Let's start with the update: I did get a response to the email I sent to the marketing director at the theater where The Spouse and I saw the trainwreck of a show this past Saturday. While she apologized for the disappointment we experienced, she included a patronizing reminder that there was a warning in the brochure (albeit a very inadequate one) and the website billed it as rated R (at the time I checked to see when the tickets went on sale, oh, no they had not put up the big red letter in the lower right corner). She kindly included links.
I didn't bother to click on them. I know what I heard at the show, and I know what I read. The inaccurate description and refusal to own up to it bothered me more than the monologue itself.
Anyone who's known me for more than, oh, ten minutes is aware that I drop my share of f-bombs. I try not to do so out of respect to others' sensibilities until I get to know them and know what their boundaries are. I also do it for free.
There are times in the arts that it becomes necessary to use coarse language or graphic imagery. Character development and authentic dialog are two situations when you may have to let 'er rip. Visuals depicting the consequences of inhuman behavior, such as Picasso's "Guarnica" would have lost power had they been dumbed down or sanitized. If there's a point to it, so be it. If there is no point, it brings into question the talents of the performer or writer or comic.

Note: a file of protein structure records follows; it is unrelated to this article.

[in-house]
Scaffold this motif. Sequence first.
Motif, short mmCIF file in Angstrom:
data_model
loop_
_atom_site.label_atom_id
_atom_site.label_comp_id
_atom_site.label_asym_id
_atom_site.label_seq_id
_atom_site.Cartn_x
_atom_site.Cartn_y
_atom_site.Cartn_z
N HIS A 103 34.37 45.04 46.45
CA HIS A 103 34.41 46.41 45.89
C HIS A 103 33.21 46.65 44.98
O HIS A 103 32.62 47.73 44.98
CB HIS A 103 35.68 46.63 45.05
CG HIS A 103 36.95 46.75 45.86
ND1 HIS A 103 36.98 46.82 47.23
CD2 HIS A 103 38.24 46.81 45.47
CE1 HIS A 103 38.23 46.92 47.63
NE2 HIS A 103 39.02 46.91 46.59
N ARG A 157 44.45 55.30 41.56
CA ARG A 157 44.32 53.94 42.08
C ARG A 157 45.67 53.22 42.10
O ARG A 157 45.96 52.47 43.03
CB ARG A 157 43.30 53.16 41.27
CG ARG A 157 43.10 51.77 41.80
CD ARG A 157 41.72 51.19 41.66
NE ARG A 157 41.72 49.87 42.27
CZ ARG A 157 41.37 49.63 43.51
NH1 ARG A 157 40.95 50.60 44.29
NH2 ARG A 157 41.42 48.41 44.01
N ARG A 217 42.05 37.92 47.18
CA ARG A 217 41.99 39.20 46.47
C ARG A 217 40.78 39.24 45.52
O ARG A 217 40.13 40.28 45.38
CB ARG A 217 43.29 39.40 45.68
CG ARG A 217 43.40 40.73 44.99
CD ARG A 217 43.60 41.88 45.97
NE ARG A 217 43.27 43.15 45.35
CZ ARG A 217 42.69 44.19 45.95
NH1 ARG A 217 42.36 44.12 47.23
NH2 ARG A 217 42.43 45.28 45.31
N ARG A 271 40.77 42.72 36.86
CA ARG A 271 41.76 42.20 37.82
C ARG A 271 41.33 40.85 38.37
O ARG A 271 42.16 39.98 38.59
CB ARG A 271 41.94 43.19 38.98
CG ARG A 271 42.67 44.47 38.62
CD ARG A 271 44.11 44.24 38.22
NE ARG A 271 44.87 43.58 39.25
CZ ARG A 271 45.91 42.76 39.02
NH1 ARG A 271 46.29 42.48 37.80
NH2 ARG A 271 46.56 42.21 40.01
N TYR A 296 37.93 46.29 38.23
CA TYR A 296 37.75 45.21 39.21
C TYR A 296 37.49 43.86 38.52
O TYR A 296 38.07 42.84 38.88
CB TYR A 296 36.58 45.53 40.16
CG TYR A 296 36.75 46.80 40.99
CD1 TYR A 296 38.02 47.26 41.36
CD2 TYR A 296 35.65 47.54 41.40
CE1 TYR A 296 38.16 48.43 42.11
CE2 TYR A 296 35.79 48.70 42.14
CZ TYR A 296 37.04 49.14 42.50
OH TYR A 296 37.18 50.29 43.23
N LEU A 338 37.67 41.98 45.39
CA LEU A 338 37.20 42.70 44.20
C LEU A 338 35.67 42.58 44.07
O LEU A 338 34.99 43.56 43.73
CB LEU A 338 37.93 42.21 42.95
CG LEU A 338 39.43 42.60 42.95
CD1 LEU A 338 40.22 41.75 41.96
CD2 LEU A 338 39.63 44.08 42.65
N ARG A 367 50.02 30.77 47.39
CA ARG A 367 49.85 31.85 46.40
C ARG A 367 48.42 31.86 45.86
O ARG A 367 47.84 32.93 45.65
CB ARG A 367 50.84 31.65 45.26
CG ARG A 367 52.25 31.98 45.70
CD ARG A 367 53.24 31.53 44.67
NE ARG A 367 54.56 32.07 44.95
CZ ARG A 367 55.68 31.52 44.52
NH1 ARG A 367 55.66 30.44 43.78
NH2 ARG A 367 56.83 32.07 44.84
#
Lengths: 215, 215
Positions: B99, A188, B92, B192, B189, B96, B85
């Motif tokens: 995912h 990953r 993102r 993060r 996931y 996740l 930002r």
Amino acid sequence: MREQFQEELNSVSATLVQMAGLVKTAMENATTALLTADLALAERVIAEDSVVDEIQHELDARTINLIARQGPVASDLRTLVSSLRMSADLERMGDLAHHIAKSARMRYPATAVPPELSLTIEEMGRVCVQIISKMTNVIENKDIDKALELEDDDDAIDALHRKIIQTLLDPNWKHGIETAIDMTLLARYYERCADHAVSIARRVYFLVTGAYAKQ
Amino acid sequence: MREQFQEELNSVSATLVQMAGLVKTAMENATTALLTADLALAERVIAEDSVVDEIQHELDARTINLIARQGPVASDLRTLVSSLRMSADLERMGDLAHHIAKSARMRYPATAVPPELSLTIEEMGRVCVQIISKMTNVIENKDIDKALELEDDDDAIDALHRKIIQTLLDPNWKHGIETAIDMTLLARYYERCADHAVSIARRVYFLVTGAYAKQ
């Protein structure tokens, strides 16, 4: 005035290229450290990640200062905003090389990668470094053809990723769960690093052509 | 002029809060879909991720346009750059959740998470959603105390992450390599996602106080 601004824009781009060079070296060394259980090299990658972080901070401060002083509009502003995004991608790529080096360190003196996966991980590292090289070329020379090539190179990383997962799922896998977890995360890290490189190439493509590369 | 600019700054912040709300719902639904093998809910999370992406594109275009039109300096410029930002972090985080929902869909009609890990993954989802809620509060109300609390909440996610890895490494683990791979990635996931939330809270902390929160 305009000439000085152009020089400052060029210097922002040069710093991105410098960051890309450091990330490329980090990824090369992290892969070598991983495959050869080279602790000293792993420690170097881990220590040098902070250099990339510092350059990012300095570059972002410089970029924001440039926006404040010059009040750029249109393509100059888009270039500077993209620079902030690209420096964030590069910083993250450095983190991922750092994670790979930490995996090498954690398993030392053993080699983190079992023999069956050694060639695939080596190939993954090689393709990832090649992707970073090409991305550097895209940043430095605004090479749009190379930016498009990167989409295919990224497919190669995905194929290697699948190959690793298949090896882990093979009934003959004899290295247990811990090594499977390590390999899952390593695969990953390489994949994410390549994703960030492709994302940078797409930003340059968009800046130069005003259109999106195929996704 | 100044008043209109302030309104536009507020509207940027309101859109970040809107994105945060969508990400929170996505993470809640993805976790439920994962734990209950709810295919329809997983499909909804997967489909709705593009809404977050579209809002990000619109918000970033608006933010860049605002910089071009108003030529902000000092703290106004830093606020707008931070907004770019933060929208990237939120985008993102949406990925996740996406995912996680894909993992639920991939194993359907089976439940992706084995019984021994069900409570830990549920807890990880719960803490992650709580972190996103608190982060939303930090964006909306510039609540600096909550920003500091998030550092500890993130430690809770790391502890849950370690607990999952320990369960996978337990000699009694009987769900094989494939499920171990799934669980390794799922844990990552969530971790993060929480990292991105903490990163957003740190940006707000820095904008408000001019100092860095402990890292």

I'd like to believe there's a caring person inside the rage the main act exhibited on stage. By the end of the night, I wanted to gently take him by the shoulders, sit him down, and tell him that it's ok to be angry (among other issues, he's just been divorced and his ex got everything except the clothes on his back), but that it's not ok to use racial stereotypes and insult people who make up the bulk of your fan base because they liked your two tv shows).
Just as the marketing director didn't get it, he wouldn't either. So I'm going to go crawl inside a Jane Austen movie until I feel that I can face the world again.